-I wore roller-blade knee pads that I purchased from the thrift store to help me get on my knees…my knees were in bad shape and started to make clicking noises (painful ones) from all the years they had to support my obese body.  Sometimes my body would go one way, and my knee would go another….that hurt. 
-The protective gear I wore did help with the pain, but the gear itself was bulky and uncomfortable. It is not fun to put on and wear.
-when I went in for a fitting of my back brace (that I got the referral for)  I told the clinic technician about the other pain and he said that was not normal.  He suggested that I consult their in house doctor so I can also get strong knee braces AND orthotics for my feet.  Most would be covered by insurance, but not all. I decided that making my health a priority, I need to be willing to pay whatever it costs, so I said yes.  It turns out I totally needed the knee braces on my legs (both) and when I started to wear the orthotics in my work boots, it took a few weeks but in time, my feet did not hurt as much… 
Work gear needed for physical job to cope with chronic pain. Weight was about 320 lbs at this point (140 lbs lost)
So, I had the new boot pain, lugging around a 320 lbs corps, heal cut pain, toe pain from the rubbing against steel, knee pain, back pain, the muscle tear pain, foot pain from never had orthotics, tooth pain, and as I got more knowledgeable about the pain I was in, I discovered that I need wrist braces and an elbow support as well.  I did not know what I didn’t know
…that my body wasn’t in pain just because I was obese.
I was obese because my body was trying to cope with the pain that I did not know was already there.
Obesity is NOT the problem…it is the SYMPTOM  
…see what I was dealing with now? 
Coach Frank from 460 lbs to 280 lbs after about 5 months doing the physical job
When a person lives with chronic pain, it becomes such a normal part of everyday life, that we forget that there is life outside that pain. I had been living with my chronic pain for so long, I could not remember a time in my life that did not have pain.
I discovered that a lot of my food related repeating behavior patterns was a result of how I used food to cope with the constant chronic pain. This helped me understand why losing weight and exercising were so difficult for me to maintain.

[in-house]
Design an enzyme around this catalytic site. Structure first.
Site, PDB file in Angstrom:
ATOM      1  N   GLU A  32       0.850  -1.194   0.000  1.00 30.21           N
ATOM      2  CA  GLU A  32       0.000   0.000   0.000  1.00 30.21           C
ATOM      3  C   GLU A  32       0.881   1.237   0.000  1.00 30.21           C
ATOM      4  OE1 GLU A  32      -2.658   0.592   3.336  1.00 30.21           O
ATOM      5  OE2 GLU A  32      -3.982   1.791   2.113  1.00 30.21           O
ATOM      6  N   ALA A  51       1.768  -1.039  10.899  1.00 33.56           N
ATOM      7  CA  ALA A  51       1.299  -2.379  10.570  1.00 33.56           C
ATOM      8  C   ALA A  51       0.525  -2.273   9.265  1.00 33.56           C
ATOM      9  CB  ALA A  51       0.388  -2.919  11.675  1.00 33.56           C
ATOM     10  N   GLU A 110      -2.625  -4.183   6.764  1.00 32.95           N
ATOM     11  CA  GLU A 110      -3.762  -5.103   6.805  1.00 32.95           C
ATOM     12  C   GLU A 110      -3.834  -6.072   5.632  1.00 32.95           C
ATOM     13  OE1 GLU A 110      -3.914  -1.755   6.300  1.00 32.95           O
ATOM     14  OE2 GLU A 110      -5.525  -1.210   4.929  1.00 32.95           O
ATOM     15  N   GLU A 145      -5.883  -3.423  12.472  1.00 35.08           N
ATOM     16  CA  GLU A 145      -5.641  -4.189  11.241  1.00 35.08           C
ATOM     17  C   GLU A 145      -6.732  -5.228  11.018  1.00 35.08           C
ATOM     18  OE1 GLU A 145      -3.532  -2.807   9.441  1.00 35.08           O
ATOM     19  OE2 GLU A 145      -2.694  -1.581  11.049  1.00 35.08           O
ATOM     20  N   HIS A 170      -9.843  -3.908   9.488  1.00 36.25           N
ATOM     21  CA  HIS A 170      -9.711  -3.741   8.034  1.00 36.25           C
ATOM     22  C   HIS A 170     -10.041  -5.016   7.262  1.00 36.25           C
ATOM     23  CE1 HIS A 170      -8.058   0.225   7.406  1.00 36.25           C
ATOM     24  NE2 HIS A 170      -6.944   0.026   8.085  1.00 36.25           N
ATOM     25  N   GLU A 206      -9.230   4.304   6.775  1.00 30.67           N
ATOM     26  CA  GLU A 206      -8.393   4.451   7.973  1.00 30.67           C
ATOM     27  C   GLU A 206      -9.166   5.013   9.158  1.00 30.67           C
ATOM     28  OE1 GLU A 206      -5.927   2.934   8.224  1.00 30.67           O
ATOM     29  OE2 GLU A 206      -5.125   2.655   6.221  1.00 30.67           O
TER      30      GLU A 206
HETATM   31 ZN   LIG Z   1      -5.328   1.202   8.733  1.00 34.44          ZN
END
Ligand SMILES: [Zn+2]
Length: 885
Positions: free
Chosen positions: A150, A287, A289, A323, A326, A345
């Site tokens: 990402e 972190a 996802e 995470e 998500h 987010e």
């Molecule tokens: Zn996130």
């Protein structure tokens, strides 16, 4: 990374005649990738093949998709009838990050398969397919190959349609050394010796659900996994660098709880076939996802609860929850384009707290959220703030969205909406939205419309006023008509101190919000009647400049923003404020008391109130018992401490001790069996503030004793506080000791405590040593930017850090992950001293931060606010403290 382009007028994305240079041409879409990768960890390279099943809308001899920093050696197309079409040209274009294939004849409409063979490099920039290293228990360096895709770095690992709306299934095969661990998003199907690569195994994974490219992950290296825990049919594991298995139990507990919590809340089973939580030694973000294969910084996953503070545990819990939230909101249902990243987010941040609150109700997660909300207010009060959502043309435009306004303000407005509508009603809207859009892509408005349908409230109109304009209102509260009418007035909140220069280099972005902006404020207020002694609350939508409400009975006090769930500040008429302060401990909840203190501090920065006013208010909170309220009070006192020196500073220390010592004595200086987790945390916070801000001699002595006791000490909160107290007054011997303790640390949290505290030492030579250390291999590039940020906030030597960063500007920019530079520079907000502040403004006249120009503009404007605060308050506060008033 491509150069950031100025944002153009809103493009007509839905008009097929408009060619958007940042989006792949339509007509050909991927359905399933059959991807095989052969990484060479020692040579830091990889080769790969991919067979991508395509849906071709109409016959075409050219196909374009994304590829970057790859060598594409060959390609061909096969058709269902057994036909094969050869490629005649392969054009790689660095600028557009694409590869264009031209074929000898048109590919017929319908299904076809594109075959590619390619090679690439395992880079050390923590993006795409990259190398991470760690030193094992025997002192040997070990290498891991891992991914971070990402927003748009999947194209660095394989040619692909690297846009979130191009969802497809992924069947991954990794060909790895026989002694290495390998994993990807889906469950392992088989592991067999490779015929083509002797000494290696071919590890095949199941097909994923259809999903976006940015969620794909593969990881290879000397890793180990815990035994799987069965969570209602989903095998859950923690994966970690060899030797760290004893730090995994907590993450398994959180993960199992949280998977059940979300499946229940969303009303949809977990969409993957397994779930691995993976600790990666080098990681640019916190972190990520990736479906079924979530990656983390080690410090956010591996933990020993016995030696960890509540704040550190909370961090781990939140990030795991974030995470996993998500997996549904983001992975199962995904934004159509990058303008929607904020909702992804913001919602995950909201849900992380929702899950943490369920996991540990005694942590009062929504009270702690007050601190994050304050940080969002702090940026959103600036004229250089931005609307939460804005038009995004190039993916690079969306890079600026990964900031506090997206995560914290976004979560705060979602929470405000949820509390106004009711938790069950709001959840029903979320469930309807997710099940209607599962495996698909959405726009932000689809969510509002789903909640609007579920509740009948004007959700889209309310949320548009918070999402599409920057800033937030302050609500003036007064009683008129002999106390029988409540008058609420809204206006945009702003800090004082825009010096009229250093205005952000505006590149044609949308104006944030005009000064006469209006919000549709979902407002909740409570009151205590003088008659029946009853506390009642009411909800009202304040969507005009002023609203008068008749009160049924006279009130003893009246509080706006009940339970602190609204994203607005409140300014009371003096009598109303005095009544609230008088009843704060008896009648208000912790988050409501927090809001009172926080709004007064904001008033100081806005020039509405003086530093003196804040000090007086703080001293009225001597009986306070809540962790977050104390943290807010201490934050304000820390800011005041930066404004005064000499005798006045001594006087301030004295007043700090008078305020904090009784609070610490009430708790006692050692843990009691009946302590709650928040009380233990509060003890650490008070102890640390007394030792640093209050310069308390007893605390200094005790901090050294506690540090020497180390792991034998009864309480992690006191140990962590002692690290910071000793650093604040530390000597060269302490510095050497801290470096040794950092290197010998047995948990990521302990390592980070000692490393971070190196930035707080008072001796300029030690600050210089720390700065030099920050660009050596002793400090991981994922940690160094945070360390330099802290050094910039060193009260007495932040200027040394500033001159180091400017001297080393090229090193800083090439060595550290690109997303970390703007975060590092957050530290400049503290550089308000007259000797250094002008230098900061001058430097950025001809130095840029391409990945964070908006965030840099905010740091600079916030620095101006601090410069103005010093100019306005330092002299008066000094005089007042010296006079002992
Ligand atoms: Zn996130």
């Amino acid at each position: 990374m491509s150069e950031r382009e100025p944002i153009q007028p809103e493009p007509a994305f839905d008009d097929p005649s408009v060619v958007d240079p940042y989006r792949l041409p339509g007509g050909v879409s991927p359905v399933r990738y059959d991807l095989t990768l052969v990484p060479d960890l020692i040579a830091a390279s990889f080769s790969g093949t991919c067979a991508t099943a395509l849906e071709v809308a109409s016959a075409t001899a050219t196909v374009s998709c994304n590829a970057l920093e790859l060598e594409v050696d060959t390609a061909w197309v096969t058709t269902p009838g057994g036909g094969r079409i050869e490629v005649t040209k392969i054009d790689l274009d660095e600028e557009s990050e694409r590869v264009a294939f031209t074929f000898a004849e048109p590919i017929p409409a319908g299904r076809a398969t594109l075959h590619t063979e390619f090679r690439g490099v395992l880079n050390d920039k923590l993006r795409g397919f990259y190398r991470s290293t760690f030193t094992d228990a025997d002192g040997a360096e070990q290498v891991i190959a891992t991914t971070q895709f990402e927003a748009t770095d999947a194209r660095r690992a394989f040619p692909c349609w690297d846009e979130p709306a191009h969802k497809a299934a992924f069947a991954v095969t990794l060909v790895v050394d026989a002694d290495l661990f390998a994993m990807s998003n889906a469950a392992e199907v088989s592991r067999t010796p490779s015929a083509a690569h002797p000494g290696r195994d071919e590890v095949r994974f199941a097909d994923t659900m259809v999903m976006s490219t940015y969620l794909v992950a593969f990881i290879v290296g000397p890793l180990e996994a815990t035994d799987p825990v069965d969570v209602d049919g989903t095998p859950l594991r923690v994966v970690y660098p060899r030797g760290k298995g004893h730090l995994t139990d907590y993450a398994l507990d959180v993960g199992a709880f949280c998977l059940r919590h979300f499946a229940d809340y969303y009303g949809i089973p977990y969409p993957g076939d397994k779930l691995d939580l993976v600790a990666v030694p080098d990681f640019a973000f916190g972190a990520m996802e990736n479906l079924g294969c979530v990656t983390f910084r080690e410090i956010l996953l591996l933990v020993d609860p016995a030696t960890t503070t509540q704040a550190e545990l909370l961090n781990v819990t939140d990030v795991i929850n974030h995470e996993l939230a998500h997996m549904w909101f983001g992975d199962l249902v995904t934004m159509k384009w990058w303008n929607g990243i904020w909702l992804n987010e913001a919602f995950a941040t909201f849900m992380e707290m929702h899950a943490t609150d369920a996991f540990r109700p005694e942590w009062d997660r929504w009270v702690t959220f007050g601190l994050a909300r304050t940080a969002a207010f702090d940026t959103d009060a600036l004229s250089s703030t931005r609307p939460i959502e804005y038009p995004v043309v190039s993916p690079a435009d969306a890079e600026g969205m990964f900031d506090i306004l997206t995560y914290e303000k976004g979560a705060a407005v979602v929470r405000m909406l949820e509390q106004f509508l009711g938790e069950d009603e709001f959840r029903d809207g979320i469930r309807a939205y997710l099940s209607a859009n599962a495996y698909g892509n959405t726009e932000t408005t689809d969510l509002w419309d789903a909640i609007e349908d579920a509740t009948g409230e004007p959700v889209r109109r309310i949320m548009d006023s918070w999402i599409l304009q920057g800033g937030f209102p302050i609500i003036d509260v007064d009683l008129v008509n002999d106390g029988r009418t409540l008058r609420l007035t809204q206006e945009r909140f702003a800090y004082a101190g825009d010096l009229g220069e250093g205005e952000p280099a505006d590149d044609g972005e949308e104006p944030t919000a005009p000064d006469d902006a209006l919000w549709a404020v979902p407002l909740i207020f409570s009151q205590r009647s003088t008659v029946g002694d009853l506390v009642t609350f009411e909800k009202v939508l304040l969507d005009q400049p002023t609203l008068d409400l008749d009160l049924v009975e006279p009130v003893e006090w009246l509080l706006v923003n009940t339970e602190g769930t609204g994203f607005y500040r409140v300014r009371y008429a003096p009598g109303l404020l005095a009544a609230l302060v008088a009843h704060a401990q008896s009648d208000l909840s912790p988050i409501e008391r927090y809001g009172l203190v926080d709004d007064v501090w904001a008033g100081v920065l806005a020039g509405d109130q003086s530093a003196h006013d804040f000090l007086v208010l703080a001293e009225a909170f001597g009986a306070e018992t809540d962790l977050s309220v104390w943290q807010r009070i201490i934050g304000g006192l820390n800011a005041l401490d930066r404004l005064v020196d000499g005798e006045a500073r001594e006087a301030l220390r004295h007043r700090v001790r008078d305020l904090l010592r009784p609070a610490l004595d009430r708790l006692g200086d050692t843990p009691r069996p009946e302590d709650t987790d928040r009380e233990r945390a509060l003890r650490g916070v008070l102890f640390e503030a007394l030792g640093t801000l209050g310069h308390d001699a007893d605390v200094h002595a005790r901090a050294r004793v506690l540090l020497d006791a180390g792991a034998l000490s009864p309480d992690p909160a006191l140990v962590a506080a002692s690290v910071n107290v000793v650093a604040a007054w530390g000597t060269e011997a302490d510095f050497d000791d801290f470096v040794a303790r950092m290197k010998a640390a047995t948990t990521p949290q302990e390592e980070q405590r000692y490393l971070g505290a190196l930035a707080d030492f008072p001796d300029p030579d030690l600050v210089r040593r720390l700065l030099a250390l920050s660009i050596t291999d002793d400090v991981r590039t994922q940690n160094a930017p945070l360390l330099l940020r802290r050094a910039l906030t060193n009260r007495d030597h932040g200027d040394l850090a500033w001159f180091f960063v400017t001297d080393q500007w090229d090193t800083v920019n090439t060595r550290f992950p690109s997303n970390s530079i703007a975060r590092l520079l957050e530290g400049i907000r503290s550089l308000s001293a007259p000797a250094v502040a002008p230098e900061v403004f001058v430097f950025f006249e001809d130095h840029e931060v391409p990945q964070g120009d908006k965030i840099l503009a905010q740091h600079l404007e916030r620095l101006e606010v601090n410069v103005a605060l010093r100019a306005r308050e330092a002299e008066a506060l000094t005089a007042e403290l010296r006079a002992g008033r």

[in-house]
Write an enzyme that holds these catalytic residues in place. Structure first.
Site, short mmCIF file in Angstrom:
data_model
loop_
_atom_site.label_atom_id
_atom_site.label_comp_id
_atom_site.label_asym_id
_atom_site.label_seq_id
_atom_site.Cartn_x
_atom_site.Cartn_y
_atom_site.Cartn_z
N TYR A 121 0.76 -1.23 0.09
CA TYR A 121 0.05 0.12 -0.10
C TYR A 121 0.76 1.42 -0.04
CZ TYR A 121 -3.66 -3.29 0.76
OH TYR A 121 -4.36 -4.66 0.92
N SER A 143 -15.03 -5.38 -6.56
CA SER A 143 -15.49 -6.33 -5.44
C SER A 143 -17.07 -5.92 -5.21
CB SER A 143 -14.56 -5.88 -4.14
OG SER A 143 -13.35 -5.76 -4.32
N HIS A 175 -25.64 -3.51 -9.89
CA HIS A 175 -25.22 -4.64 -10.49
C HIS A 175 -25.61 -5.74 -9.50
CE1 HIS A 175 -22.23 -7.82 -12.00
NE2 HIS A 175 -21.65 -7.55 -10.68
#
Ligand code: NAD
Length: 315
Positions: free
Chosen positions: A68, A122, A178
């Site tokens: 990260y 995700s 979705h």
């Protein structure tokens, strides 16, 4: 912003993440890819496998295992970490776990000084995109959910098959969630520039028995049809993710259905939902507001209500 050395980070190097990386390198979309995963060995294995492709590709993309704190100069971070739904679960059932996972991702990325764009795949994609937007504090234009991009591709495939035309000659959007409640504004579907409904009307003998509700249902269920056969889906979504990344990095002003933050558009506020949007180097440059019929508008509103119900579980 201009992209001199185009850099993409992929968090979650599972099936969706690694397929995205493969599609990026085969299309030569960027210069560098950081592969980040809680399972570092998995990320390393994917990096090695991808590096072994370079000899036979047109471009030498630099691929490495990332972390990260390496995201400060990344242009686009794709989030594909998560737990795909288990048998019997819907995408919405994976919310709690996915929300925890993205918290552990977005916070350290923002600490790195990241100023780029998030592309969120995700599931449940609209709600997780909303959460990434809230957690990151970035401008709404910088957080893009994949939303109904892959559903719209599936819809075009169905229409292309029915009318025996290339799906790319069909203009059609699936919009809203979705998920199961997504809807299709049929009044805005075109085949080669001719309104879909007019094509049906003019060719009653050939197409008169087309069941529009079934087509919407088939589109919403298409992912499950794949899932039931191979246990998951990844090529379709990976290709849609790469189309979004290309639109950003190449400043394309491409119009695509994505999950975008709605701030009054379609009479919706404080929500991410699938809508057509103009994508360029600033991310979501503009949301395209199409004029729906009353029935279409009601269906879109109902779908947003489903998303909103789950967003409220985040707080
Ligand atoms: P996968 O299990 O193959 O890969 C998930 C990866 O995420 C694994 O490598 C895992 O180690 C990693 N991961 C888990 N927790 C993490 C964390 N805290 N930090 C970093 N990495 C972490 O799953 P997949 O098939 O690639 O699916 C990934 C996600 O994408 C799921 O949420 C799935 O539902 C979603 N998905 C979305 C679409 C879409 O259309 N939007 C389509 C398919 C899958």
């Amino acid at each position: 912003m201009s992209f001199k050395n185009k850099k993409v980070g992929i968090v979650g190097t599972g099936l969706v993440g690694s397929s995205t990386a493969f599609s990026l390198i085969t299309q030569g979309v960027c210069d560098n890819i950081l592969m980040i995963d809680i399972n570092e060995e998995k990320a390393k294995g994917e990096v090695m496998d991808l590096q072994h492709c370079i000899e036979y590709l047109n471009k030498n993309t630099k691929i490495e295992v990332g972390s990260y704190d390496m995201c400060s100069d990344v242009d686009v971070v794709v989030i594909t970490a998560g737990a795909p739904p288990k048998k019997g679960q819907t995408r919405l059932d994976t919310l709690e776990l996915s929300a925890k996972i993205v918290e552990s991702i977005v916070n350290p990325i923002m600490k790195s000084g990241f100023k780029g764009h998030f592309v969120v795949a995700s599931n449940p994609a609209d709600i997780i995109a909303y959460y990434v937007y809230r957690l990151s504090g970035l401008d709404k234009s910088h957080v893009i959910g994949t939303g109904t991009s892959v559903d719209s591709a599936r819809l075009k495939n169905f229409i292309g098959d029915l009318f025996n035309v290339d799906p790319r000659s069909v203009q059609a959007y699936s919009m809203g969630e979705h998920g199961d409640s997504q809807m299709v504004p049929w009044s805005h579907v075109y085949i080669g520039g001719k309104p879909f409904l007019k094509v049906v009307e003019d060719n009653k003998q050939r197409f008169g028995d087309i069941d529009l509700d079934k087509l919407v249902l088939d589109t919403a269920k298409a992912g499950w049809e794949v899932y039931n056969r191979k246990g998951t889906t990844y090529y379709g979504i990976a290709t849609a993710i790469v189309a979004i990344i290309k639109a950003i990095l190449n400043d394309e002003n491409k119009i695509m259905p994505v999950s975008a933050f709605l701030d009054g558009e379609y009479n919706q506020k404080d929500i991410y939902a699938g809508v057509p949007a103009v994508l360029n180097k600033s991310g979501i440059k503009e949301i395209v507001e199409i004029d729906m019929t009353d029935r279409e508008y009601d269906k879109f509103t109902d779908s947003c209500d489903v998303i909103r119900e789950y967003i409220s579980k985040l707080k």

All the while, having to wear a mask making it harder to breath…AND learning a new job, a new domain of information that I was not used too. Plus I needed to keep coaching on my time off because I was only making minimum wage at this physical job. 
I refused to quit.

My family needs those benefits.
My family needs those extra dollars (even if it was only minimum wage).
My body needs me to suffer through this so I can figure out this health thing
once and for all.
8 months into the physical job

I had lost enough weight in those 8 months (about another 50 lbs) that:
-my feet were smaller, so the boots did not hurt anymore. I learned to wear two pairs of socks and that solved a lot of the pain problems
-I lost enough weight to merit a new stomach and back brace, which was more comfortable to wear.
Coach Frank at 260 lbs (lost 200 lbs) and no longer needing the custom back and belly support belt
-my body got used to the orthotics and when I work a shorter shift, I actually feel the difference and now know the difference between my feet being “tired” (like a normal person experiences) and my feet being in pain.
-it took 6 months, but I transitioned from part time, to full time hours.  I am still shattered at the end of the day/week…but less shattered than when I first started. So my stamina is up. 
Two years later…
In April 2022, two years after the initial phone call that prompted this part of the journey I had lost 190 lbs. Was down to 270 lbs from 460 lbs.
August 2022 :
It is now official. The plateau stall that I have been in since April is over! As of August 2022, I am now at 200 lbs lost!
Was 460 lbs in April 2020, and I am now 260 lbs (more like 255 lbs actually, but who’s counting… ).
60 lbs left to lose.
In September 2002, I completed my Nutritionist Certification with ISSA
In October 2022, I completed my Fitness Coach Certification with ISSA
I am now a Certified Personal Trainer.
Now, I can work with you.
Contact Me so we can work together! 
Join me on THIS side of the canyon.